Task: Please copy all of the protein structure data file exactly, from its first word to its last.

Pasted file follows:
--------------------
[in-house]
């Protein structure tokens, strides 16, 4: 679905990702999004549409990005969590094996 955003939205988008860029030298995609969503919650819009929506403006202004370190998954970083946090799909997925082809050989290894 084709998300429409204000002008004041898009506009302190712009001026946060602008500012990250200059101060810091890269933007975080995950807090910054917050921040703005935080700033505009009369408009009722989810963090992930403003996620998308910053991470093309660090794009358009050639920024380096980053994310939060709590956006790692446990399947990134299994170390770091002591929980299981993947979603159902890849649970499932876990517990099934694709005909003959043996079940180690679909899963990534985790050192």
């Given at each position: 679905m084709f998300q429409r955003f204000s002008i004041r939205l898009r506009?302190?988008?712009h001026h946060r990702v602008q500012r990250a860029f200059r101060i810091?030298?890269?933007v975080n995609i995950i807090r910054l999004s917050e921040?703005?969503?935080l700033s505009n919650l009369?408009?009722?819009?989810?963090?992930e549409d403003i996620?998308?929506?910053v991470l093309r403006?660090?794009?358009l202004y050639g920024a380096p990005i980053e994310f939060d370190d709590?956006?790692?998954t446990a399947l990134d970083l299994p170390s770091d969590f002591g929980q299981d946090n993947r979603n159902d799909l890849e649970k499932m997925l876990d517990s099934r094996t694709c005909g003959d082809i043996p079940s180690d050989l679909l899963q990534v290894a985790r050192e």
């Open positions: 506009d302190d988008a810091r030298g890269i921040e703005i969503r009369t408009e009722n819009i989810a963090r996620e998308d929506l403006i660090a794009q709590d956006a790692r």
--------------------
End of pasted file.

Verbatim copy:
[in-house]
């Protein structure tokens, strides 16, 4: 679905990702999004549409990005969590094996 955003939205988008860029030298995609969503919650819009929506403006202004370190998954970083946090799909997925082809050989290894 084709998300429409204000002008004041898009506009302190712009001026946060602008500012990250200059101060810091890269933007975080995950807090910054917050921040703005935080700033505009009369408009009722989810963090992930403003996620998308910053991470093309660090794009358009050639920024380096980053994310939060709590956006790692446990399947990134299994170390770091002591929980299981993947979603159902890849649970499932876990517990099934694709005909003959043996079940180690679909899963990534985790050192």
């Given at each position: 679905m084709f998300q429409r955003f204000s002008i004041r939205l898009r506009?302190?988008?712009h001026h946060r990702v602008q500012r990250a860029f200059r101060i810091?030298?890269?933007v975080n995609i995950i807090r910054l999004s917050e921040?703005?969503?935080l700033s505009n919650l009369?408009?009722?819009?989810?963090?992930e549409d403003i996620?998308?929506?910053v991470l093309r403006?660090?794009?358009l202004y050639g920024a380096p990005i980053e994310f939060d370190d709590?956006?790692?998954t446990a399947l990134d970083l299994p170390s770091d969590f002591g929980q299981d946090n993947r979603n159902d799909l890849e649970k499932m997925l876990d517990s099934r094996t694709c005909g003959d082809i043996p079940s180690d050989l679909l899963q990534v290894a985790r050192e």
């Open positions: 506009d302190d988008a810091r030298g890269i921040e703005i969503r009369t408009e009722n819009i989810a963090r996620e998308d929506l403006i660090a794009q709590d956006a790692r």